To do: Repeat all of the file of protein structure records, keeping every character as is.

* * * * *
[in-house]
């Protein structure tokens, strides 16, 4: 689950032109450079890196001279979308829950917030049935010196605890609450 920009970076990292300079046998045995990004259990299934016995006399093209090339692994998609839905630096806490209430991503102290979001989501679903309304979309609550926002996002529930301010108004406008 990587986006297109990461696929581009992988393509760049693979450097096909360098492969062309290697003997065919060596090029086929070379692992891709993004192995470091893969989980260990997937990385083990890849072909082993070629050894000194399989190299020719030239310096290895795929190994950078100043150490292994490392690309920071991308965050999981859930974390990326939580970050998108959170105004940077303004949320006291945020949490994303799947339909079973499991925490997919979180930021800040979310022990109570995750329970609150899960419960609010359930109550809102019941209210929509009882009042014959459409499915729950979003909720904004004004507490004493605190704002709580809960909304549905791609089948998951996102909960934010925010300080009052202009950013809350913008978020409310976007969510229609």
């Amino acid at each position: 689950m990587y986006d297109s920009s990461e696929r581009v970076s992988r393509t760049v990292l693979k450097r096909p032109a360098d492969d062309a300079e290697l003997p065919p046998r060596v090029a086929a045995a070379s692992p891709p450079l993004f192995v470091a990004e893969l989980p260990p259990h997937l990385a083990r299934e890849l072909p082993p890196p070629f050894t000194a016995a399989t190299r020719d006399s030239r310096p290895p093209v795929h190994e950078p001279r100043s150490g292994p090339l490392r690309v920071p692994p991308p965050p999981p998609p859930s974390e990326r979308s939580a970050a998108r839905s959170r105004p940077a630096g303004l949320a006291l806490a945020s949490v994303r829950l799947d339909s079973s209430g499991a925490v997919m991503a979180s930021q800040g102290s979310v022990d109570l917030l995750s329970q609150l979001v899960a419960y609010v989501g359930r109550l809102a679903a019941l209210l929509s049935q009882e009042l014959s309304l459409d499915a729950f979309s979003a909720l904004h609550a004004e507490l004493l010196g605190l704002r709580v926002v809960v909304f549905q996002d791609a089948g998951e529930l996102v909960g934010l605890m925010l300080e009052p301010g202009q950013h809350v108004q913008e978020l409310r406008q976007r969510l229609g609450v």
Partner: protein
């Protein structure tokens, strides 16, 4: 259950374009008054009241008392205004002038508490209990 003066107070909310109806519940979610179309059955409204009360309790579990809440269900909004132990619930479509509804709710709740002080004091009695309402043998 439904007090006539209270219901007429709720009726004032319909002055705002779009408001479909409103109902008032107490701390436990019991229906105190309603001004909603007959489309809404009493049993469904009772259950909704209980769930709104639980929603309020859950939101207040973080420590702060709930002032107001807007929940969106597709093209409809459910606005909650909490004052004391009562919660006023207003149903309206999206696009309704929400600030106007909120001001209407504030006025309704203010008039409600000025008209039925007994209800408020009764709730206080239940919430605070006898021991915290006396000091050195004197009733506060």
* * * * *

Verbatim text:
[in-house]
């Protein structure tokens, strides 16, 4: 689950032109450079890196001279979308829950917030049935010196605890609450 920009970076990292300079046998045995990004259990299934016995006399093209090339692994998609839905630096806490209430991503102290979001989501679903309304979309609550926002996002529930301010108004406008 990587986006297109990461696929581009992988393509760049693979450097096909360098492969062309290697003997065919060596090029086929070379692992891709993004192995470091893969989980260990997937990385083990890849072909082993070629050894000194399989190299020719030239310096290895795929190994950078100043150490292994490392690309920071991308965050999981859930974390990326939580970050998108959170105004940077303004949320006291945020949490994303799947339909079973499991925490997919979180930021800040979310022990109570995750329970609150899960419960609010359930109550809102019941209210929509009882009042014959459409499915729950979003909720904004004004507490004493605190704002709580809960909304549905791609089948998951996102909960934010925010300080009052202009950013809350913008978020409310976007969510229609």
């Amino acid at each position: 689950m990587y986006d297109s920009s990461e696929r581009v970076s992988r393509t760049v990292l693979k450097r096909p032109a360098d492969d062309a300079e290697l003997p065919p046998r060596v090029a086929a045995a070379s692992p891709p450079l993004f192995v470091a990004e893969l989980p260990p259990h997937l990385a083990r299934e890849l072909p082993p890196p070629f050894t000194a016995a399989t190299r020719d006399s030239r310096p290895p093209v795929h190994e950078p001279r100043s150490g292994p090339l490392r690309v920071p692994p991308p965050p999981p998609p859930s974390e990326r979308s939580a970050a998108r839905s959170r105004p940077a630096g303004l949320a006291l806490a945020s949490v994303r829950l799947d339909s079973s209430g499991a925490v997919m991503a979180s930021q800040g102290s979310v022990d109570l917030l995750s329970q609150l979001v899960a419960y609010v989501g359930r109550l809102a679903a019941l209210l929509s049935q009882e009042l014959s309304l459409d499915a729950f979309s979003a909720l904004h609550a004004e507490l004493l010196g605190l704002r709580v926002v809960v909304f549905q996002d791609a089948g998951e529930l996102v909960g934010l605890m925010l300080e009052p301010g202009q950013h809350v108004q913008e978020l409310r406008q976007r969510l229609g609450v």
Partner: protein
């Protein structure tokens, strides 16, 4: 259950374009008054009241008392205004002038508490209990 003066107070909310109806519940979610179309059955409204009360309790579990809440269900909004132990619930479509509804709710709740002080004091009695309402043998 439904007090006539209270219901007429709720009726004032319909002055705002779009408001479909409103109902008032107490701390436990019991229906105190309603001004909603007959489309809404009493049993469904009772259950909704209980769930709104639980929603309020859950939101207040973080420590702060709930002032107001807007929940969106597709093209409809459910606005909650909490004052004391009562919660006023207003149903309206999206696009309704929400600030106007909120001001209407504030006025309704203010008039409600000025008209039925007994209800408020009764709730206080239940919430605070006898021991915290006396000091050195004197009733506060």